(6-29-99) -- For youngsters in Deirdre Goulding's step-dancing class, last week's Gaelic Roots Summer School and Festival offered a chance to study under some of the brightest stars in the Celtic firmament.
One of their instructors, Donnie Golden, had taught Jean Butler of "Riverdance" fame, while Goulding herself had toured with an American company of the popular show.
"It's not everybody who gets to hang out with someone from 'Riverdance,'" said Kaitlin Hurst-Farrell, 10, of Groton, Conn., a pupil in the beginner's class taught by Goulding in the Gasson Hall Irish Room last week. Added classmate Laura Labert, 12, of Buffalo: "It's like meeting Barbra Streisand."
Similar praise was heard for other instructors at the Gaelic Roots festival, which drew some of the world's finest Celtic performing artists to campus June 20-26 to teach and perform.
Practicing on bodhrans, or Irish drums, under a tree on the Gasson lawn one morning last week, novices Richard Thornley of Edmonton, Alberta, and Gregg Thibodeau of Marblehead said they'd learned some of the protocol of pub seisiún drumming from master teacher Myron Bretholz.
"He's taught us how to come into a tune," said Thornley, "how to contribute and not impose."
"And not have a Guinness thrown at you," quipped Thibodeau.
Under a nearby tent, Al Ladd, of Colrain, Mass., practiced on a concertina and explained why he had come for a third straight summer to study under Tommy McCarthy, a master of the accordian-like instrument. "It's the ability to spend a week continuously listening to the playing of music," said Ladd. "The whole experience is something I couldn't come close to approximating."
Gaelic Roots, sponsored by the Irish Studies Program in conjunction with the Music Department, brought 370 students, instructors and volunteer staff from around the world to campus for a week's immersion in traditional Irish and Cape Breton music. This year's program was booked solid five weeks before the May 31 registration deadline, according to Irish Studies Music Program Director Seamus Connolly, while capacity crowds of more than 600 people attended each of two concerts at Robsham Theater on June 24 and 26.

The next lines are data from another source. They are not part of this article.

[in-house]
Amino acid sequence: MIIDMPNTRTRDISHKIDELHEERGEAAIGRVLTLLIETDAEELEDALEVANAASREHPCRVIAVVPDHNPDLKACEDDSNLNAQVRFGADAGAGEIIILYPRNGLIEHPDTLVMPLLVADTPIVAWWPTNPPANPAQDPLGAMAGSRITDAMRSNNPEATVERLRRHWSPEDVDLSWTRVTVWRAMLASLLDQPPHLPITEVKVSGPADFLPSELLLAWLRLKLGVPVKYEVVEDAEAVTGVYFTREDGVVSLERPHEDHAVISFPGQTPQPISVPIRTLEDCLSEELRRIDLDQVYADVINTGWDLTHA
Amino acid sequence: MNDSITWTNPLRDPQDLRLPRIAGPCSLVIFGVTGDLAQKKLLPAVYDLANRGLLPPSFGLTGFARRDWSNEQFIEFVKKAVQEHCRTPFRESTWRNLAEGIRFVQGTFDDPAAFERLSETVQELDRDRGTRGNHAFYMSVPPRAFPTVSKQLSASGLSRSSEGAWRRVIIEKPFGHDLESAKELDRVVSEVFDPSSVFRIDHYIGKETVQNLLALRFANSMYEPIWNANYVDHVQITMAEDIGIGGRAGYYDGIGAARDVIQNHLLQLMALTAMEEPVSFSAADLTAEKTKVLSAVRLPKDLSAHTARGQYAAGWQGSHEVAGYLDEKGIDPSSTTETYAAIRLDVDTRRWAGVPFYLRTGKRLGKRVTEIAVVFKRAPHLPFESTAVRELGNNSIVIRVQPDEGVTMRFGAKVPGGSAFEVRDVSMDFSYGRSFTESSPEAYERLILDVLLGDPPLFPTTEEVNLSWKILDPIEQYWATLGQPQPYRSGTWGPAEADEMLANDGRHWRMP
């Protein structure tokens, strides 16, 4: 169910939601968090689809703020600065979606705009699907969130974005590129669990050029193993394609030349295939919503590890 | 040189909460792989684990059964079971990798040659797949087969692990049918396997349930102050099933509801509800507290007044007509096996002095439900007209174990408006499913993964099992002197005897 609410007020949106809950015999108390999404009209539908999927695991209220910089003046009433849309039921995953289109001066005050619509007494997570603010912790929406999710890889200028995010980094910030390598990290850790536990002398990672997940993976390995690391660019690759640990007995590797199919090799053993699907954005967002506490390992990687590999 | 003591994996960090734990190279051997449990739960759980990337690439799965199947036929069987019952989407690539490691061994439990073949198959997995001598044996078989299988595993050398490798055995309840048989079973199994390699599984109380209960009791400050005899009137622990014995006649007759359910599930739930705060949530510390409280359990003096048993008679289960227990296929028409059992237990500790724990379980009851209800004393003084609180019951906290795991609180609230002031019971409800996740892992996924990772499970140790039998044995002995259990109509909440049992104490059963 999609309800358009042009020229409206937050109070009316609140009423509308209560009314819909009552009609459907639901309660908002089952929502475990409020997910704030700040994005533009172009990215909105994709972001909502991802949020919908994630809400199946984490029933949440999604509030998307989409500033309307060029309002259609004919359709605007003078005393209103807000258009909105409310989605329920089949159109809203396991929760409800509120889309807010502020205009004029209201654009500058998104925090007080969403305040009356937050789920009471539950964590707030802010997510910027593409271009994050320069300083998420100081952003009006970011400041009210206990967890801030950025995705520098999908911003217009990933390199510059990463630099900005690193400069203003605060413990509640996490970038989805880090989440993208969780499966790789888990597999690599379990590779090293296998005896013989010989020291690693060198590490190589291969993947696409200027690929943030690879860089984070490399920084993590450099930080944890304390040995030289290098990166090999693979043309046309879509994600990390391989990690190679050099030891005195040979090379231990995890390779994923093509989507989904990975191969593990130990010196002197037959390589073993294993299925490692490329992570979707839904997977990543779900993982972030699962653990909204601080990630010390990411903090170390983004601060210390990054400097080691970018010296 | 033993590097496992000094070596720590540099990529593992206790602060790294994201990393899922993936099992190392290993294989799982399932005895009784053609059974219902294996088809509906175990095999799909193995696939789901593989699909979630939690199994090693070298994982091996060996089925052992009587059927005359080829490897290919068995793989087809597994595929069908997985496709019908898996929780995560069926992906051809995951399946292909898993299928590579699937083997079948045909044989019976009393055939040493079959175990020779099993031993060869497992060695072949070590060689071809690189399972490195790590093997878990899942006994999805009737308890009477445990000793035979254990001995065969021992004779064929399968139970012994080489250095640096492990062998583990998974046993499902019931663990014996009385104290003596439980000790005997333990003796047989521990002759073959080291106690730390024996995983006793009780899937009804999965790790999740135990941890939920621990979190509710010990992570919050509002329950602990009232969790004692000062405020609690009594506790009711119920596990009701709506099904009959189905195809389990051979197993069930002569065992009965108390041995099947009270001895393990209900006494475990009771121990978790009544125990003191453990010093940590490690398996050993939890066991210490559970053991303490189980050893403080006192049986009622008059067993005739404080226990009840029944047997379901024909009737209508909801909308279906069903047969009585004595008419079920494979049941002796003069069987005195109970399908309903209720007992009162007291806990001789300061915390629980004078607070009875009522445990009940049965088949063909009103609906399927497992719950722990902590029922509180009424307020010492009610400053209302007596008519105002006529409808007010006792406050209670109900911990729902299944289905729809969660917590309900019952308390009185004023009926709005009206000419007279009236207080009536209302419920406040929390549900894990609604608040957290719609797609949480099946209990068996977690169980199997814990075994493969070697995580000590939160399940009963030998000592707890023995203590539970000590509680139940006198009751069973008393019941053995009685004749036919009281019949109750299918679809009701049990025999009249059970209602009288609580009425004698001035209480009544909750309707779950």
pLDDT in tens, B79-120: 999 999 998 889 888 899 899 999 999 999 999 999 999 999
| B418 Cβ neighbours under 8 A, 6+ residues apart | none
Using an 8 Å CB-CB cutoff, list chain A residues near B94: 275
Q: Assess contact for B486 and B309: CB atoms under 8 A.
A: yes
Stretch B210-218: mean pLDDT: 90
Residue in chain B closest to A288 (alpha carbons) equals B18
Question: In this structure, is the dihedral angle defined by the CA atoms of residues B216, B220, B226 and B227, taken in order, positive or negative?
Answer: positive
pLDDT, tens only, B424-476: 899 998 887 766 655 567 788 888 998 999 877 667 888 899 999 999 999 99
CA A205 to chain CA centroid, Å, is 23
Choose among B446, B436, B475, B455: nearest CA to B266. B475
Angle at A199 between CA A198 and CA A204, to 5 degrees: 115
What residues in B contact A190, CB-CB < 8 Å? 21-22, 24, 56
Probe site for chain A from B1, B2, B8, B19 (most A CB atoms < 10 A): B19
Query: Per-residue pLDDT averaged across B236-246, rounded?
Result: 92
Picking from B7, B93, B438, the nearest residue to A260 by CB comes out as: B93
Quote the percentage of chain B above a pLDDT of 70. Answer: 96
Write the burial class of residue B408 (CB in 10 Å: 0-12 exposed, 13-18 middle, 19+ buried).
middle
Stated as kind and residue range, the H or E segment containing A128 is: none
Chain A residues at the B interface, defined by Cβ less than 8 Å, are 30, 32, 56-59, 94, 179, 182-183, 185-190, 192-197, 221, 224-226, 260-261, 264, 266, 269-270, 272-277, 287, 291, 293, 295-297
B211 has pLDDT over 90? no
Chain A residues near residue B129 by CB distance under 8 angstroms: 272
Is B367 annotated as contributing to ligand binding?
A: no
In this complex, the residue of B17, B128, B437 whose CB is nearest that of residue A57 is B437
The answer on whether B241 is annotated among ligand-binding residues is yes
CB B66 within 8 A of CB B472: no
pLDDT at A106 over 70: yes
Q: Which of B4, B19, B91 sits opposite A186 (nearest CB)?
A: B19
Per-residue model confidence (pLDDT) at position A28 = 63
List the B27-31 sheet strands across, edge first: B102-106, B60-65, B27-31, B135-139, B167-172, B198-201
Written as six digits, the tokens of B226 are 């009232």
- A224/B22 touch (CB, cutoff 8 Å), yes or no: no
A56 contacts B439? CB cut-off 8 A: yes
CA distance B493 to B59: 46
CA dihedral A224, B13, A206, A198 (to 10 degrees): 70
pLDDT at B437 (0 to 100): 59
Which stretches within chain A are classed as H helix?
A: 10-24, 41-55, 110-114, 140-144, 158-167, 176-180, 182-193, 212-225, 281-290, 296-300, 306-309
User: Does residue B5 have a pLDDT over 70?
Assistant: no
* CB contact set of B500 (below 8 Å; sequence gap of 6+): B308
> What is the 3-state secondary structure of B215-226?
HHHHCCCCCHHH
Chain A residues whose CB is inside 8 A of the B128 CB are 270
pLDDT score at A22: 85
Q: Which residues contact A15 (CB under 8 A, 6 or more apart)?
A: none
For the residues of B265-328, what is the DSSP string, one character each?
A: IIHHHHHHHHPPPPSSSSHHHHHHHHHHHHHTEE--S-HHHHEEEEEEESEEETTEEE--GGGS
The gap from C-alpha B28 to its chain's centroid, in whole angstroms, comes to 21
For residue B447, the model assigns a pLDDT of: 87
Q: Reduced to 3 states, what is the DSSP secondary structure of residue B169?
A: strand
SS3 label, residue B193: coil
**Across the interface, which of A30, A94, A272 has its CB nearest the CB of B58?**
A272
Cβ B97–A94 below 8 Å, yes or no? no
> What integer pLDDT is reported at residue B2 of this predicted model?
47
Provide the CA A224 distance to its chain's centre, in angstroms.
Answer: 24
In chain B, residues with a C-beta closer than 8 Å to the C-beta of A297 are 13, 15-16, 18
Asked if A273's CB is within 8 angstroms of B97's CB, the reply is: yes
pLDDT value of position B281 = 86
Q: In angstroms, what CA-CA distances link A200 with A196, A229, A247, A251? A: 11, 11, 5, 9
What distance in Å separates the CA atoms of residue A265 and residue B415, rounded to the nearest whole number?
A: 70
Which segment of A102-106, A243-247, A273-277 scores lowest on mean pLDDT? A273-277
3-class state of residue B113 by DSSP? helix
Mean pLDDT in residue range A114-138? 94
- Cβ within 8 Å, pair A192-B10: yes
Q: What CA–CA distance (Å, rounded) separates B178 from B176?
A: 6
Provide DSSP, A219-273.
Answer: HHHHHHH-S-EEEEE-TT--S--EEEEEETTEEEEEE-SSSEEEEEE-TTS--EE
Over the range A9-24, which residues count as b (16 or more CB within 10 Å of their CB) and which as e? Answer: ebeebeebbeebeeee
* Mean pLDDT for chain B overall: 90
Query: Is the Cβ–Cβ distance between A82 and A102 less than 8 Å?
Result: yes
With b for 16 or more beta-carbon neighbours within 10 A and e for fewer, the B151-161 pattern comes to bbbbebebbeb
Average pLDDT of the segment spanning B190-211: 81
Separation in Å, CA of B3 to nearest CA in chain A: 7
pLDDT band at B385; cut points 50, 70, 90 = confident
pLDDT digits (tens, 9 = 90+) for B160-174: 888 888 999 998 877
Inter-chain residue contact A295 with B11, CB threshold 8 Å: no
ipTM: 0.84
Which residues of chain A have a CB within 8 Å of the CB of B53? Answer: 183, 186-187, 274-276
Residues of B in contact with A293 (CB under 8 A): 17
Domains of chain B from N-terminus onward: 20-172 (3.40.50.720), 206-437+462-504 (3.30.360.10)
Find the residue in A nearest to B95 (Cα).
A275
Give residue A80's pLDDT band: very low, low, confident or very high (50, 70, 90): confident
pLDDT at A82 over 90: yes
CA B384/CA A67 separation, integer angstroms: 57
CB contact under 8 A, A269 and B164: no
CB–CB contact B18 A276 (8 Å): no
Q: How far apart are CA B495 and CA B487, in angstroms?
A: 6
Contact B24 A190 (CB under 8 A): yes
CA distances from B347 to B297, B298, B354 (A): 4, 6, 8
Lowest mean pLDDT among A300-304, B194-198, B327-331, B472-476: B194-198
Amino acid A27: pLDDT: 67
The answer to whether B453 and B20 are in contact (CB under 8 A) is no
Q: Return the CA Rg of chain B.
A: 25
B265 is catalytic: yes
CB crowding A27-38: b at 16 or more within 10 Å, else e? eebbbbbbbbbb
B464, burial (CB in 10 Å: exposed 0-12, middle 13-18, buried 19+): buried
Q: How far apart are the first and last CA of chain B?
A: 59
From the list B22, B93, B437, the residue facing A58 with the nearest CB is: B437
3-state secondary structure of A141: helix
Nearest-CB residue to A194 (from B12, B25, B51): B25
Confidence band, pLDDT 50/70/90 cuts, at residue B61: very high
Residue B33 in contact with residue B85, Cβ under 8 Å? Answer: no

The personal quality of instruction has been a key factor in the popularity of the summer festival in its third year as a week-long event, said organizer Connolly.
"The main thing that stands out, from the comments I'm hearing, is that all the teachers are great teachers," he said. "They mix with the students, taking them out on the lawn and working privately with them."
Instructors this year included step-dancer Michael Smith; accordionists Joe Derrane and Martin Connolly; fiddlers Liz Carroll, Brian Conway and Laurel Martin; tin-whistle players Mary Bergin and Tony Cuffe; bagpiper Iain MacDonald; whistle player and Chieftains founder Sean Potts and his son, Uilleann piper Sean Óg Potts; and balladeer Frank Harte.
Celtic sounds could be heard all over campus last week, from Irish fiddle music emating from under a tent near Gasson Hall to the skirl of bagpipes echoing through the six-level Commonwealth Avenue parking garage. In the Gasson Hall Irish Room, dancers in hard-soled shoes twirled like corkscrews to exhortations of "Step! And step!"
"I am blown away by it. It is so impressive," said staff volunteer Hugh O'Connor of New South Wales, Australia. O'Connor explained he had come to bank ideas for a similar university festival he hopes to mount back home. "If I can come halfway to the standard here, I'll be pleased with myself," he said.
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